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    Someone here once said that their favorite tone control is the volume knob. I'm in that camp too. High amp volume and 8 or 9 on the volume knob gives me a nice mid focused tone that sits really well in a mix.
     
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  9. Aaron1061

    Aaron1061 Tele-Holic

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    I typically like a brighter tone. What messed me up was the no load lol. Once I raised the neck pickup treble side a bit to compensate, i was good! They're both in their sweet spots past the no load notch and the middle position might be my new favorite. Can't wait to gig with it.
     
  10. Antigua Tele

    Antigua Tele Friend of Leo's

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    The whole reason Fenders usually have 250k pots is because they have too much resonance to begin with. A no-load in a Strat or Tele is akin to ignoring good advice and then specifically doing the opposite.
     
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  11. DHart

    DHart Friend of Leo's

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    All depends on the pickup choices and the player. I really enjoy 500k volume pots, and the no load tone pots; sometimes I play the no-load wide open, especially with the neck pickup and/or when playing down near the nut. Other times, perhaps with the bridge pickup and/or playing higher on the neck, I roll it back slightly. I love the no-load tone pot as it gives a wider range of tonal response from the guitar.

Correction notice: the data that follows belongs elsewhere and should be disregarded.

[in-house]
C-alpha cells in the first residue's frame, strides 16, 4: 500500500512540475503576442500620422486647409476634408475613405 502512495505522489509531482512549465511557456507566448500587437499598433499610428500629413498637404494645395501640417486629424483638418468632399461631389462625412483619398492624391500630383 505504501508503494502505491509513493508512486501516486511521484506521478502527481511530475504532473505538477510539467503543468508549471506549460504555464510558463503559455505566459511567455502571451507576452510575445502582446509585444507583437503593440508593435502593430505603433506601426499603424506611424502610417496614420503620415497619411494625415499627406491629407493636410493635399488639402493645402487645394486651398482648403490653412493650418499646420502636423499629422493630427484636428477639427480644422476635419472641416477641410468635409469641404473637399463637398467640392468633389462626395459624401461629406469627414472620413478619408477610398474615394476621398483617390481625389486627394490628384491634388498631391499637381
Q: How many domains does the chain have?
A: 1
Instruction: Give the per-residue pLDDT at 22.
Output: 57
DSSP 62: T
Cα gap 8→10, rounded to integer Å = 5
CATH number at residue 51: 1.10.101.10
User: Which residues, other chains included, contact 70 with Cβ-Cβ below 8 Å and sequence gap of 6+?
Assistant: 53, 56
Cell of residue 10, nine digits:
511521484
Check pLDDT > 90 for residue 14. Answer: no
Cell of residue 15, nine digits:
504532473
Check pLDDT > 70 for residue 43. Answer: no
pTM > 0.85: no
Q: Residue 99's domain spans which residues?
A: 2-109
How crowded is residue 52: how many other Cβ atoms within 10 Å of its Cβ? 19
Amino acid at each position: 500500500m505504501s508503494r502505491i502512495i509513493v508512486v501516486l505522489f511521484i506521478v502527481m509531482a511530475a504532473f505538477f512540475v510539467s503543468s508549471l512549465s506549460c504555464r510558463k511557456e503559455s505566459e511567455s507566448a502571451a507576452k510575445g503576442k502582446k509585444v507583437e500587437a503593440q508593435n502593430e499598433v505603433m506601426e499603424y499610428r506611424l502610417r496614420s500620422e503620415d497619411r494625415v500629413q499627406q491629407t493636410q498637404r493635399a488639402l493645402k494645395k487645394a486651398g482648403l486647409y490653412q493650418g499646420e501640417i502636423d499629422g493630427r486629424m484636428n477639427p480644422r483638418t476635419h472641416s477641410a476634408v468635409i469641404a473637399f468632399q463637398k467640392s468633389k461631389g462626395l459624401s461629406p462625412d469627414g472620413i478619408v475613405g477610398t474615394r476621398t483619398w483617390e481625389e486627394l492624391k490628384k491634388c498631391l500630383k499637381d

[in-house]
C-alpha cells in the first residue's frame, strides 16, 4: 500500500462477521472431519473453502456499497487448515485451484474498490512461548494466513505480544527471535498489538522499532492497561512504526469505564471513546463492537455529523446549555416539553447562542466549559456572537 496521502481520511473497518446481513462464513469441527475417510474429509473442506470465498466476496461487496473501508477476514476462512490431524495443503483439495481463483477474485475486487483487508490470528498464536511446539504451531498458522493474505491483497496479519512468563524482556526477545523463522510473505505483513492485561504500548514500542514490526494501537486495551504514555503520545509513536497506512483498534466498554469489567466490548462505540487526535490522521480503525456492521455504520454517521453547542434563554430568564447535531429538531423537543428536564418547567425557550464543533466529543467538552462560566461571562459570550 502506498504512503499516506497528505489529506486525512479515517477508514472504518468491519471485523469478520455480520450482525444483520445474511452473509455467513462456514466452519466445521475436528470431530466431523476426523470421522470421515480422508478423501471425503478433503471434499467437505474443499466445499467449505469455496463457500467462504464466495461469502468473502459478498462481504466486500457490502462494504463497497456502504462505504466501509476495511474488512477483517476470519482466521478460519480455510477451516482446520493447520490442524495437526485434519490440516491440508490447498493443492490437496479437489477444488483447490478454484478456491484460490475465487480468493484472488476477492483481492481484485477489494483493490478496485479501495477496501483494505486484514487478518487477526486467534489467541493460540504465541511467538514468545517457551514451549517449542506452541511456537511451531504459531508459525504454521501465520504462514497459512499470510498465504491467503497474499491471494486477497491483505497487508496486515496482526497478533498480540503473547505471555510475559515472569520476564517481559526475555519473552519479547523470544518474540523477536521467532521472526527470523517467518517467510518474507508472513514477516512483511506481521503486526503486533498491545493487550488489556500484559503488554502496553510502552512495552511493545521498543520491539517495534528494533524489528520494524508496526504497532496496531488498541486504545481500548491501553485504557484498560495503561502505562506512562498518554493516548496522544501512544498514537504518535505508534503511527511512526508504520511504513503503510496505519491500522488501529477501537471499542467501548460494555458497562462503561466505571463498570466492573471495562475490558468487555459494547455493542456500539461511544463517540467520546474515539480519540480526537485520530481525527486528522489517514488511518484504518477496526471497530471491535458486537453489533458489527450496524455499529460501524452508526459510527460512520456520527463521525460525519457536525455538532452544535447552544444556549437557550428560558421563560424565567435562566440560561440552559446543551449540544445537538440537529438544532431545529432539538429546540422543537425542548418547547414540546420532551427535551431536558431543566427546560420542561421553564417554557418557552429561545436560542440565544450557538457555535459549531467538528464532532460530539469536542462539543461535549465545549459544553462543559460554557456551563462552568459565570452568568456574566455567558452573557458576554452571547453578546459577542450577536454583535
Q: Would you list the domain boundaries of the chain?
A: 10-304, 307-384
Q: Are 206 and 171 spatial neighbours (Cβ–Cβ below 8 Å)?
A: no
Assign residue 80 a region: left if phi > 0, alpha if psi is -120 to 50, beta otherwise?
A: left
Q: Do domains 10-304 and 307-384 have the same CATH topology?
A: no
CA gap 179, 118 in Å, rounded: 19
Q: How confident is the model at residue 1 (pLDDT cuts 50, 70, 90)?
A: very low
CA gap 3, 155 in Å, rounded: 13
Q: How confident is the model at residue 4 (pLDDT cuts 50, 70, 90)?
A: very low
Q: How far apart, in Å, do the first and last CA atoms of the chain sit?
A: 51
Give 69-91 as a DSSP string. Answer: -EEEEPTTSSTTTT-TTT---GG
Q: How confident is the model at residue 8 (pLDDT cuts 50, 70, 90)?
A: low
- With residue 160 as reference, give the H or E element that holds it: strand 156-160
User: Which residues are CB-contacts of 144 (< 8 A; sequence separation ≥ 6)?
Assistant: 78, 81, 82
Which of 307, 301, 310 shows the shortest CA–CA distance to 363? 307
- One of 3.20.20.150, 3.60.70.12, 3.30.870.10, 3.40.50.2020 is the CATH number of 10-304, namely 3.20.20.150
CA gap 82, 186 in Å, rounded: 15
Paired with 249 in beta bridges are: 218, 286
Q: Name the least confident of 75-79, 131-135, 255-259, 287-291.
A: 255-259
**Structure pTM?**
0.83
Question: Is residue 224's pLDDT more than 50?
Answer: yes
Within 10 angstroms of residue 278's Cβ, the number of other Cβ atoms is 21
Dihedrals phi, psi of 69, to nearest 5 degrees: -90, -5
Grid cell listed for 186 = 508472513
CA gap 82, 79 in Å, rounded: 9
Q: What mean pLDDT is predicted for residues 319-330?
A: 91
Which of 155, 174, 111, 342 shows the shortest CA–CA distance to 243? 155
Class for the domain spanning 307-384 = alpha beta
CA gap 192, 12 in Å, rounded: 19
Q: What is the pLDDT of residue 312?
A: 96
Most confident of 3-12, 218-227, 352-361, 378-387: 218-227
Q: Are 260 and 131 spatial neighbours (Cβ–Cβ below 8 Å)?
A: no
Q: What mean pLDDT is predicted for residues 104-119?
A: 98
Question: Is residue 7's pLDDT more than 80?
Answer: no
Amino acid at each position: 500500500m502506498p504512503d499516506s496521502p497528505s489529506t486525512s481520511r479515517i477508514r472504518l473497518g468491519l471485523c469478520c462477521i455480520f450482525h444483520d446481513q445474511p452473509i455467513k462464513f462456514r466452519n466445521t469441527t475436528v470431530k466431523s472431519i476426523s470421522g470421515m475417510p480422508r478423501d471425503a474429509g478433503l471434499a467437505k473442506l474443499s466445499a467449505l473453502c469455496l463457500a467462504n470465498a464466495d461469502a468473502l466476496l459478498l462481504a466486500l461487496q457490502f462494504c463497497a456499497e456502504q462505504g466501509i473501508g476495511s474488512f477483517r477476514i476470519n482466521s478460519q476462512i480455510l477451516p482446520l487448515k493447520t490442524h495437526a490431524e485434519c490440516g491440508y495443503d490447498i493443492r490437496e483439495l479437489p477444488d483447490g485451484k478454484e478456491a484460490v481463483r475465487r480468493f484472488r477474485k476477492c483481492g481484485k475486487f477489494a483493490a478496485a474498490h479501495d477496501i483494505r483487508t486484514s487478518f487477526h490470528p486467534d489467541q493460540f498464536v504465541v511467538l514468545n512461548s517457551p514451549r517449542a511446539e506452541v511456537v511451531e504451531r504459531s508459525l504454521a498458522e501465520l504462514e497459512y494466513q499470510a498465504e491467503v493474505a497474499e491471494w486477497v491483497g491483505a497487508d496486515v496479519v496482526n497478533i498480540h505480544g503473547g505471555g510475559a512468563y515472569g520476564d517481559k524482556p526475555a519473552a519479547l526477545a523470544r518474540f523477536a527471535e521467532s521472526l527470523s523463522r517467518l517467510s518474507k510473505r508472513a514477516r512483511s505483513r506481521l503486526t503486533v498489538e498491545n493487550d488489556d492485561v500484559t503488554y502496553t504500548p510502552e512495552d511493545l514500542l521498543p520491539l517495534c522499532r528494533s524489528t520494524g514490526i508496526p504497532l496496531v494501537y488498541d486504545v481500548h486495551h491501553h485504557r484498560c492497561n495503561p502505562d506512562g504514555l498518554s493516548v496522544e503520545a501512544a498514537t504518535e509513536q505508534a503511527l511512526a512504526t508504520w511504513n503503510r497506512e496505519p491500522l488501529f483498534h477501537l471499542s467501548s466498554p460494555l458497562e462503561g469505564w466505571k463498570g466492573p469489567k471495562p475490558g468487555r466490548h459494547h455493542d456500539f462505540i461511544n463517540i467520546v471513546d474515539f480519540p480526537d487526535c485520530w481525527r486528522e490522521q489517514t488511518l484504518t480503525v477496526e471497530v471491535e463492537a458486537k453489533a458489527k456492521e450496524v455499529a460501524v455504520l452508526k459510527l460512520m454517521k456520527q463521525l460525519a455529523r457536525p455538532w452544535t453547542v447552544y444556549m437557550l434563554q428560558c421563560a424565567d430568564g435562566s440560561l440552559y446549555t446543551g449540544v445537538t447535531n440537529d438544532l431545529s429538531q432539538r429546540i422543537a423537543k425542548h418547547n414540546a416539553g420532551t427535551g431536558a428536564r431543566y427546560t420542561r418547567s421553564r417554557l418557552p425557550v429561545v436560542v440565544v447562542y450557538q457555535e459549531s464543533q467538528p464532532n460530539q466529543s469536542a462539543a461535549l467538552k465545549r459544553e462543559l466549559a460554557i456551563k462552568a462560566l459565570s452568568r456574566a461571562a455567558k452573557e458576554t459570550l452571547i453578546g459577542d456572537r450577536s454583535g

12. Antigua Tele

    Antigua Tele Friend of Leo's

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    Of course it's all preference. Having said that, there's a reason Fender defaults to 250k.
     
  13. Rob DiStefano

    Rob DiStefano Doctor of Teleocity Vendor Member

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    there are nocasters and then there are NOCASTERS. "sounds" like you got the former. what's the difference? for a vintage fender bridge bobbin, it's all about the coil wire gauge and its turn count.
     
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  14. Dacious

    Dacious Poster Extraordinaire

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    If you always play with your treble and tone dimed, you've got nowhere to go.

    You're lucky with the OVs, they're a very balanced output. The Nocaster the bridge is a lot hotter than the neck - so yes, no load it's gonna be bright, bright, bright
     
  15. Aaron1061

    Aaron1061 Tele-Holic

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    I've got it sounding GREAT, theyre perfect rhythm pickups.

    I primarily play lead so i ordered a porter 9t for the bridge position for thicker stuff in the higher registers. Gonna leave the nocaster neck in as its too pretty sounding to take out.
     
  16. Rob DiStefano

    Rob DiStefano Doctor of Teleocity Vendor Member